SENATE MATTERS: Our students and the changing conception of gender


Today’s young people, and even some of us not so young people, have grown up in a world where sex does not mean a set of binary categories, but rather only means some kind of intimate contact. That is, sex is a word that English speakers today understand more as meaning and act, while gender is an identity category.

New understandings of gender have resulted in a profound shift away from the body as a meaningful indicator of gender, gender expression and gender identity; they also have resulted in the revision of regulations around sex and gender within institutions, revisions designed to make space for a wider range of human experience and expression.

Academic approaches to gender expose a long history of regulating and resisting the imposition of singular models of gender, providing a critical frame for thinking about gender as both highly regulated and as much more fluid than we imagined.

This means that talking about gender means understanding that gender, for many of our students, is fluid. At Pitt, most student are likely to know someone who is trans or nonbinary or who presents in some such “non-hegemonic” gender identity. And from what we’ve seen in the Gender, Sexuality, & Women’s Studies Program, they’re OK with that.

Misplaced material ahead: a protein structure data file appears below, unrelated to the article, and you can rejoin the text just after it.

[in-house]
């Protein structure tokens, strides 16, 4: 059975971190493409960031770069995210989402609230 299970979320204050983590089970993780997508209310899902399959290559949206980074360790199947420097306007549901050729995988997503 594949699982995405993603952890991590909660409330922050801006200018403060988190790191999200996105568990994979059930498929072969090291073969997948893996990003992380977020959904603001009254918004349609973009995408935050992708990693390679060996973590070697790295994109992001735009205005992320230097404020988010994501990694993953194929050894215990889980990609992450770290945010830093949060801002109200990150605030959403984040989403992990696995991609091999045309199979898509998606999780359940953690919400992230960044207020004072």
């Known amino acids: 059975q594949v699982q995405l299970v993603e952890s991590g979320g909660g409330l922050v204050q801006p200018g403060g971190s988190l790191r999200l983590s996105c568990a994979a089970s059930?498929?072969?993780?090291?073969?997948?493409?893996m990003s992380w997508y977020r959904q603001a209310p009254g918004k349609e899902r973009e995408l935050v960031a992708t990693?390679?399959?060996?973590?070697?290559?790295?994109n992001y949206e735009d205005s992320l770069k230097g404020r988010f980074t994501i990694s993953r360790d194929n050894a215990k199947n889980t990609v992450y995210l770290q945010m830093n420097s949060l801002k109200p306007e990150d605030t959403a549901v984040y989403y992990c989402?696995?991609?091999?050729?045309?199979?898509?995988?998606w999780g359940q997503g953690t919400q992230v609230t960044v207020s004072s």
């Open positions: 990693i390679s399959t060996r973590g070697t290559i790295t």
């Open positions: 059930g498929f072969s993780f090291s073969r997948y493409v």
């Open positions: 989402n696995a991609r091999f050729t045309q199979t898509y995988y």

Even further, non trans-identified students tend to understand their own gender to be somewhat fluid within larger categories, and will talk about femme men who are heterosexual. We can’t actually presume to know what every student thinks, but this view of gender has pervaded our culture enough that most students are at least familiar with the idea. Yet it still seems clear that many people that we share spaces with deeply disagree with this new, more fluid understanding of gender.

These changes — and resistances to these changes — continue to shape the present. As we continue our work in the Gender, Sexuality, & Women’s Studies Program, we look forward to the future changes, and we look forward to generating rich spaces of exchange and advocacy.

We began thinking about writing this Senate column before the New York Times reported that the Trump administration was redefining gender in a way that will erase any category of people that does not align with a gender assigned at birth. In fact, it appears that the administration is attempting to remove the word gender altogether. Unfortunately for them, and fortunately for truth, this is like trying to legislate back to a flat Earth by not using the word “circumnavigate.”

We recognize that writing on changing conceptions of gender takes on new meaning with this recent news. On the one hand, we want to use historical evidence to show that, in fact, gender has a long history of change, irresolution and confusion, so we should be curious about how and when gender is made central and for what purpose. On the other hand, we want to validate that something does feel quite distinct about the changes that we are witnessing today, especially given that they are occurring alongside the move toward new federal legislation. 

Scott Kiesling is an associate professor in Linguistics and the fall term interim director of the Gender, Sexuality, & Women’s Studies Program and Julie Beaulieu is a lecturer in GSWS.